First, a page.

How To Care For A Fern Houseplant

Although the term “ferns” refers to a vast range of plants, most ferns cultivated as indoor plants require the same fundamental maintenance:

  • 1. Plant in soil that drains properly. While ferns don’t care much about the type of soil they are in, consistently moist conditions are bad for their roots. Pick a well-draining potting mix when you pot up your fern plants.
  • 2. Set in a moderately lit area. Since ferns naturally grow beneath tree canopies, they like filtered or indirect light over direct sunshine. If you wish to place ferns near an east or west window, keep them a few feet away from the window to prevent scorching the leaves. Ferns do best in windows that face south or north. For ferns to flourish in your home, there is no requirement for strong lighting. Asparagus and maidenhair are two varieties that do well in low light.
  • 3. Keep the ground wet. Ferns thrive in soil that is regularly and equally moist because they are water-loving plants. If you notice that the top of the soil is beginning to feel dry, water your ferns thoroughly right away. While wet soil is good, avoid overwatering since it might harm the plant and promote a bacterial or fungal infection.
  • 4.Occasional mist. Ferns are a popular choice for terrarium cultivation since they enjoy the wetness in the air and require high humidity to thrive. If you see that the tips of your fern fronds are browning or if there isn’t much new growth, spritz them with a water bottle to keep them wet, or think about placing a humidifier close by. If spraying doesn’t work, think about moving your ferns into a location with higher humidity, such the kitchen or bathroom, and away from dry air.

How are indoor ferns maintained?

The majority of ferns want consistently damp soil. These plants are under stress when the soil is allowed to dry up between waterings.

Watering bushy ferns can be challenging. To guide water to the center of the plant, try using a watering can with a long spout. Water liberally until the liquid drains from the pot’s bottom.

How frequently should indoor ferns be watered?

If you pay attention to getting the watering right, hanging ferns make excellent indoor plants and are simple to care for. Contrary to what you would believe, this is a lot simpler.

Watering hanging ferns two to three times weekly is ideal.

You should give the garden fern as much water as you can. During the summer, give your indoor fern a regular drink of water. To prevent the leaves from turning yellow, spray them every two to three days. As the plant starts to get ready for winter at the end of the summer, watering should be somewhat reduced.

They are the perfect plant to have in any home due to their adaptability and ease of growth. One of the essential components for keeping your fern in prime condition is proper watering.

How much light do indoor ferns require?

The majority of ferns love indirect light, therefore you should try to keep them away from direct sunlight. Fern fronds can burn in direct sunlight, producing a dry, crispy plant. The ideal amount of light for ferns is typically provided via a window that faces north or east. However, if you see that your plant is becoming yellow and not expanding much, it is probably not receiving enough light. Use a grow light on your ferns for a few hours each day if you need to supplement the natural light they receive.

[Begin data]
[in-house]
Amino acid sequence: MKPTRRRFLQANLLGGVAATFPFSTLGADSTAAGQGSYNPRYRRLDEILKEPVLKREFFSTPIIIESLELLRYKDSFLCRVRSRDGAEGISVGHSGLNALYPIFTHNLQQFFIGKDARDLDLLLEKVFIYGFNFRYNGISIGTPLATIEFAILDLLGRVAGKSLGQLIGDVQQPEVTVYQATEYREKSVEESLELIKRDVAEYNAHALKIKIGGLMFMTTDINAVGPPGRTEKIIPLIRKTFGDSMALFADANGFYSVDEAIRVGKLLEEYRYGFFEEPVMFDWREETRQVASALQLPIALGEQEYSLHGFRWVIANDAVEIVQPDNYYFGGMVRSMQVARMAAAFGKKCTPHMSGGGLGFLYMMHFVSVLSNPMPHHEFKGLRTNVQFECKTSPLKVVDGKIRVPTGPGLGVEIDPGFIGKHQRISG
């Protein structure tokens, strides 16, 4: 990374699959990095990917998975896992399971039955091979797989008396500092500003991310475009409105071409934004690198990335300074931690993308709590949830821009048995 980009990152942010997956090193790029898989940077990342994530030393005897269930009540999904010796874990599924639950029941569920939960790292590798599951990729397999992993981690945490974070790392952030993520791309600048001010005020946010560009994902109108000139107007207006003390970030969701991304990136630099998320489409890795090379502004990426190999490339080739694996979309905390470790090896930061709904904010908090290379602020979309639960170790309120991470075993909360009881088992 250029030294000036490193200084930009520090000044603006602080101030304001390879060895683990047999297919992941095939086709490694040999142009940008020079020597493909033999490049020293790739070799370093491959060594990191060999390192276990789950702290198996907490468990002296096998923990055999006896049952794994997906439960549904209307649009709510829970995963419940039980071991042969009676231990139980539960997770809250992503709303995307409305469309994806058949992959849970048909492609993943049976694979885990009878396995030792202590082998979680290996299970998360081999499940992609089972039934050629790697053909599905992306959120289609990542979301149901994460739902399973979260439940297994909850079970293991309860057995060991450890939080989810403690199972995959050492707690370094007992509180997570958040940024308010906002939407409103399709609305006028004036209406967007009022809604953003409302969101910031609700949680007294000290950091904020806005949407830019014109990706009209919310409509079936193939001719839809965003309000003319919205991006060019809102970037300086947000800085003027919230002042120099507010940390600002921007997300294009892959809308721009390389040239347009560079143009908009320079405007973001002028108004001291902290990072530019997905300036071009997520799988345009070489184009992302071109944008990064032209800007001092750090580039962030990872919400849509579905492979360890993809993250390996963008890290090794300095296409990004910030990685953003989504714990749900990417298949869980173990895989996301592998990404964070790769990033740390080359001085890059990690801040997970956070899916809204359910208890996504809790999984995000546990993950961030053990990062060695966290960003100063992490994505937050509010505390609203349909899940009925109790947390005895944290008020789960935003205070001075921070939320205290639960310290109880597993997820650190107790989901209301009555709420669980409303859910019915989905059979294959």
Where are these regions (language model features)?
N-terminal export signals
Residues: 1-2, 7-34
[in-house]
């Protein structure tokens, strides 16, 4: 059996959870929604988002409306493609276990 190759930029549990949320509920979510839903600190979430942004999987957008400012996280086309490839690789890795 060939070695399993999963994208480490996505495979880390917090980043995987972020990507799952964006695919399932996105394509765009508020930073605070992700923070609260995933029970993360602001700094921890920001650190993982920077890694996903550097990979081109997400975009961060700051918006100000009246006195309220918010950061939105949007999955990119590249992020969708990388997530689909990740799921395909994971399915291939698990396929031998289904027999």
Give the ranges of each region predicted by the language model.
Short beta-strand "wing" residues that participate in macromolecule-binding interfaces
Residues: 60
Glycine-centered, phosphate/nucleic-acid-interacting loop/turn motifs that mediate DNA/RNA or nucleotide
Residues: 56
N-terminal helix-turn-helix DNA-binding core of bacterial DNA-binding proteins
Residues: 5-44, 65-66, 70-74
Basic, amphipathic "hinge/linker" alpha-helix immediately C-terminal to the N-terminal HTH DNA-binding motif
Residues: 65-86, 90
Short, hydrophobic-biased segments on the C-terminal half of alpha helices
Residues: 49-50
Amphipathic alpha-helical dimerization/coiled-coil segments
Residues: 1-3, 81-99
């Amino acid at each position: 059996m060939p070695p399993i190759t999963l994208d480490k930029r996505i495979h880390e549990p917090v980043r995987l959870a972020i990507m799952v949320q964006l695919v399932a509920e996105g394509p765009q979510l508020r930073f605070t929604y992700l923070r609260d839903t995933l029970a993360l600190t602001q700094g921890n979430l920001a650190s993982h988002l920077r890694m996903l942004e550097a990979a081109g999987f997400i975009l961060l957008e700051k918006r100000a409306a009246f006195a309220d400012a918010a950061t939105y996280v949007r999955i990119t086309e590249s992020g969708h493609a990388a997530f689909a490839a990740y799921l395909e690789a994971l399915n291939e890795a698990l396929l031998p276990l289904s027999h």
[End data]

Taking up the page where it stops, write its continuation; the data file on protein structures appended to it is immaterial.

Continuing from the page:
Do ferns require a lot of sun exposure?

Shade. The majority of ferns thrive in dense or dappled shade. Rich, dark green foliage will result with adequate shade. Depending on where you are, we advise 65 to 75 percent shade.

Why keep dying my indoor ferns?

It usually happens when a fern drowns or the humidity is too low, which dehydrates the leaves and causes them to become brown and crispy. To prevent the leaves from turning brown and dying, indoor ferns need soil that is continually moist, and they like a humidity level of 50%.

The majority of indoor ferns, including Boston, Maidenhair, Birds Nest, Rabbit Foot, and Asparagus Ferns, are indigenous to tropical climates where they flourish in high humidity, continuously moist soil, cool, constant temperatures, and shaded areas under tree canopies.

It’s crucial to recreate the fern’s natural environment in order to bring it back to life. To do this, you should raise the humidity, put the fern in moist organic soil, and place it in a shaded spot with a consistent, moderately cool temperature.

Continue reading to find out the causes of your indoor and outdoor fern’s demise and how to put the answers into practice to bring it back to life.

Should a fern be misted?

A mist spray applied three or four times per day will aid in maintaining lush growth. Broad-leaf ferns and those with simple leaves benefit from misting. On kinds that are crinkled, which have a propensity to accumulate moisture and hold it, use less spray to prevent the growth of fungus.

What appearance does an overwatered fern have?

Although Boston fern needs slightly moist soil, soggy, waterlogged soil is more prone to cause rot and other fungal diseases. Yellowing or wilted leaves are frequently the first indication when a fern is overwatered.

Touching the dirt with the tip of your finger is a guaranteed technique to tell when to water a Boston fern. It’s time to water the plant if the soil’s surface feels a little bit dry. Another sign that a fern needs water is the weight of the pot. The pot will feel quite light if the soil is dry. Wait a few days before watering, then retest the soil.

Use water that is room temperature to thoroughly water the plant until the water flows through the bottom of the pot. Never let the pot stand in water and always allow the plant drain completely.

If you create a humid environment, Boston fern watering will be improved. A tray of wet stones is a more efficient approach to raise the humidity surrounding the plant than occasionally misting the fronds.